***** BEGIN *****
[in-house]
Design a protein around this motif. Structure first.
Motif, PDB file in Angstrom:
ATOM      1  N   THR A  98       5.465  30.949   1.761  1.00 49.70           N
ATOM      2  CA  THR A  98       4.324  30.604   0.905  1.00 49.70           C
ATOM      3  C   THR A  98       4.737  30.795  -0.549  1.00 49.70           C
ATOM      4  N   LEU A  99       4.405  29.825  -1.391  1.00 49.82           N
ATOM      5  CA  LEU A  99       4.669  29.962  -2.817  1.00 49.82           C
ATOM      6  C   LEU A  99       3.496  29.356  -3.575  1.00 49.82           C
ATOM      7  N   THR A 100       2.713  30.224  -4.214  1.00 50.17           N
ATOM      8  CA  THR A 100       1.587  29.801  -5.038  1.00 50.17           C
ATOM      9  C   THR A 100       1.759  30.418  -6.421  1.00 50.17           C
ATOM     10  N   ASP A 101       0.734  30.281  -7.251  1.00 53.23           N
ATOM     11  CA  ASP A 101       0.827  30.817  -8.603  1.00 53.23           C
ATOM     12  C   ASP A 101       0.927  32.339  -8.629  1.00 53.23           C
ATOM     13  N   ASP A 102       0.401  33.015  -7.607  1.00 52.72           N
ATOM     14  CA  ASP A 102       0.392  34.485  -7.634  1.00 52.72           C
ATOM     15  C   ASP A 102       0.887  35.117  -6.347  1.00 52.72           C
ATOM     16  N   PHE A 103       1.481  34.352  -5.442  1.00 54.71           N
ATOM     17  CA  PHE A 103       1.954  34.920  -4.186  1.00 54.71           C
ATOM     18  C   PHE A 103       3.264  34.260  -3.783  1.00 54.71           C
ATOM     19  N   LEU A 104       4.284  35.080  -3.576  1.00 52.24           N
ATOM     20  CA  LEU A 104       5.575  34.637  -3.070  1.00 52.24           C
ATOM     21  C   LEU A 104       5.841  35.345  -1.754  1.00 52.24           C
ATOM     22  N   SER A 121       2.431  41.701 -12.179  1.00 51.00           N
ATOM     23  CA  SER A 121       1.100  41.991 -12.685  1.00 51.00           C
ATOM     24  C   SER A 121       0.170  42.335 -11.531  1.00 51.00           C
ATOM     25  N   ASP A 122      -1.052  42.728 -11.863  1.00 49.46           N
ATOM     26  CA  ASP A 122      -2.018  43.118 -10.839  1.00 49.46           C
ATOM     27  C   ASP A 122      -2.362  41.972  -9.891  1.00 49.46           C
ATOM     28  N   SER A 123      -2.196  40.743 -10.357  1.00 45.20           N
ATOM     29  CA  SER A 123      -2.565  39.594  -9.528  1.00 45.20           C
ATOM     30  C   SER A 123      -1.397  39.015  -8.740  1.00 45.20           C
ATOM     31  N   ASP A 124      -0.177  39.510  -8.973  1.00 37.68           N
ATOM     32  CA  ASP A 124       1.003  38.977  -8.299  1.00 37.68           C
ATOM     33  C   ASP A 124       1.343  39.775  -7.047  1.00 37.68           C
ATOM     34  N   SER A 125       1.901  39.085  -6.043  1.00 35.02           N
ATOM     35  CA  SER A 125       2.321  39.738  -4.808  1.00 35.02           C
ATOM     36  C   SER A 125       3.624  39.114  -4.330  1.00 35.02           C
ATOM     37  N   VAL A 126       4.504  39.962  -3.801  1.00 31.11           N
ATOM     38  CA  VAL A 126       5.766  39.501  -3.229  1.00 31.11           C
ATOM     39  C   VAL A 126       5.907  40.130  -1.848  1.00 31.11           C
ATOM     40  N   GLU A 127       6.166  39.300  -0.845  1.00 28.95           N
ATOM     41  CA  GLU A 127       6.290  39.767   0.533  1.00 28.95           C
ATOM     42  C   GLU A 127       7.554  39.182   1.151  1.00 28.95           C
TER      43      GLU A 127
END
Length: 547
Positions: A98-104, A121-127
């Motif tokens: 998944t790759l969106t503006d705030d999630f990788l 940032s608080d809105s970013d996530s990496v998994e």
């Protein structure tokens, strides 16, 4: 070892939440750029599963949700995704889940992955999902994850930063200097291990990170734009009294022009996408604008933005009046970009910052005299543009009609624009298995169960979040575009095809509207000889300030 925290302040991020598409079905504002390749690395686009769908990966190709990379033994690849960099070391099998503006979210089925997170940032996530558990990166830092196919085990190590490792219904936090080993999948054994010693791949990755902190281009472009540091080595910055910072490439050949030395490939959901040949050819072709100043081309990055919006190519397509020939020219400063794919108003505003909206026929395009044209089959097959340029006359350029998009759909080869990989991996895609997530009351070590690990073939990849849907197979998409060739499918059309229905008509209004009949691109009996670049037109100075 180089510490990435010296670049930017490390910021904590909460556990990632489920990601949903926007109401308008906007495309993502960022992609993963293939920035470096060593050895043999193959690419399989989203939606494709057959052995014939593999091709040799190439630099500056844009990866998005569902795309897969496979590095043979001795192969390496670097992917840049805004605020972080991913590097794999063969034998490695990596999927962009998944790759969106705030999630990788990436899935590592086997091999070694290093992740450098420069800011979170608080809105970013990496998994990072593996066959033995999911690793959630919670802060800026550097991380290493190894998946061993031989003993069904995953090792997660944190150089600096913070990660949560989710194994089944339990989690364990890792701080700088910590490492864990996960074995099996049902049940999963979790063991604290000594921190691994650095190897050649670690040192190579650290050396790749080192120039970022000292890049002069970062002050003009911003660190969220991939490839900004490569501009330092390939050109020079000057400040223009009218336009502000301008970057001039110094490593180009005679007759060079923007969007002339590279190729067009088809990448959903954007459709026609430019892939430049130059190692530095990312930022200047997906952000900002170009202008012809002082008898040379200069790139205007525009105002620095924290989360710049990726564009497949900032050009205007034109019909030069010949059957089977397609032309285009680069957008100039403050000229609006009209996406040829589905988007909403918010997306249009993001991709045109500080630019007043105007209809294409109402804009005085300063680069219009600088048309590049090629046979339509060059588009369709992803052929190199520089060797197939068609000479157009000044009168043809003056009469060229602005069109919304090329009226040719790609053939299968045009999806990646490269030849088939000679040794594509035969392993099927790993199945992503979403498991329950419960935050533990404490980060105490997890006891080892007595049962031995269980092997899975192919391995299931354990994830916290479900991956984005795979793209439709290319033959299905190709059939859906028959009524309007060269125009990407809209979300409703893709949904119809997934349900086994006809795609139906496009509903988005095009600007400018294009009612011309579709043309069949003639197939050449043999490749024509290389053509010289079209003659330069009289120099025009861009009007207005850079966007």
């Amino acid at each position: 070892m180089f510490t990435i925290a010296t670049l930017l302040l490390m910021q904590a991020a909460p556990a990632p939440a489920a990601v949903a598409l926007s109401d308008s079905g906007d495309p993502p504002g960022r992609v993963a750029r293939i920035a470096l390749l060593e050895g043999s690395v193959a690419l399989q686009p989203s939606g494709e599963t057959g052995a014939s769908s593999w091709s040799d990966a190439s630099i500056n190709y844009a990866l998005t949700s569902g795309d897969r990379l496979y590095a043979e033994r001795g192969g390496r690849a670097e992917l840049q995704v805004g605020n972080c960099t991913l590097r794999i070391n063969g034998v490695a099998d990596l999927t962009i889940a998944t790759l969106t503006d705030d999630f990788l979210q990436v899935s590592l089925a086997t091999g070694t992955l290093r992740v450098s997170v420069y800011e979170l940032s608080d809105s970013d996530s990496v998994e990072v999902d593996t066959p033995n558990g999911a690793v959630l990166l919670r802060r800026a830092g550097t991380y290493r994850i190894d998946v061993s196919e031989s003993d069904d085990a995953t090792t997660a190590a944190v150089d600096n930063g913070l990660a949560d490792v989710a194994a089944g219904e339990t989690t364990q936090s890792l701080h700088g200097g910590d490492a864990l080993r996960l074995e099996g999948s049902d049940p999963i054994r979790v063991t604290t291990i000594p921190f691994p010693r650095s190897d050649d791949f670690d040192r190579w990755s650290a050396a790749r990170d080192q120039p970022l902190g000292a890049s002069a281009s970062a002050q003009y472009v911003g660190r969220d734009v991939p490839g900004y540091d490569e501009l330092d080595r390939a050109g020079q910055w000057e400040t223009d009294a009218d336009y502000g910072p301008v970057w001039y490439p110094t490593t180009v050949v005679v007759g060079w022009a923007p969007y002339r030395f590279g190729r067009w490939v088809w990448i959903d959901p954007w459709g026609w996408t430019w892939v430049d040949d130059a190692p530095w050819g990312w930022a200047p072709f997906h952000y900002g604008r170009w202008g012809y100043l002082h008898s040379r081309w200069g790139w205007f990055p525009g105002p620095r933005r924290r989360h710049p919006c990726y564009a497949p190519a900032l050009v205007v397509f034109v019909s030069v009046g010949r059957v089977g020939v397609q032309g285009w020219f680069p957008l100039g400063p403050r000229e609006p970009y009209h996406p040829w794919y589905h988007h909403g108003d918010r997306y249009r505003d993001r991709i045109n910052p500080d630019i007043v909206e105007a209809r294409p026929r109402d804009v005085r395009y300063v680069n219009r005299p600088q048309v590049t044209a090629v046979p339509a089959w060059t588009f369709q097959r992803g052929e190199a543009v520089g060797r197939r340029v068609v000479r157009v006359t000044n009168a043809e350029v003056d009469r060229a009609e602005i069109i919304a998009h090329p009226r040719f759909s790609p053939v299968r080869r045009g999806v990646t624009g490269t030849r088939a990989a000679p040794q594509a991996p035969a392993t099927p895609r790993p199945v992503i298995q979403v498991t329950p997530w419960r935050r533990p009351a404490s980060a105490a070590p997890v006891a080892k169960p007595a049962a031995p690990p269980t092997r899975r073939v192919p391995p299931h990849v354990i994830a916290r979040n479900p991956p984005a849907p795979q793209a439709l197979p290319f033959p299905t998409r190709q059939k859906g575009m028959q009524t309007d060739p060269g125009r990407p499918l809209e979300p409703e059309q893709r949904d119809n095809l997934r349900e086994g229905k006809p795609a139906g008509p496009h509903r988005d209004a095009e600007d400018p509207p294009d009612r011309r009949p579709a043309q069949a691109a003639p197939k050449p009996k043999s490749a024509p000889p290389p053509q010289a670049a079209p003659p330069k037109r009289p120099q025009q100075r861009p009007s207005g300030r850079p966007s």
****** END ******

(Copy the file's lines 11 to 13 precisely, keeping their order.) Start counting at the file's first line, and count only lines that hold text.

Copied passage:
ATOM      8  CA  THR A 100       1.587  29.801  -5.038  1.00 50.17           C
ATOM      9  C   THR A 100       1.759  30.418  -6.421  1.00 50.17           C
ATOM     10  N   ASP A 101       0.734  30.281  -7.251  1.00 53.23           N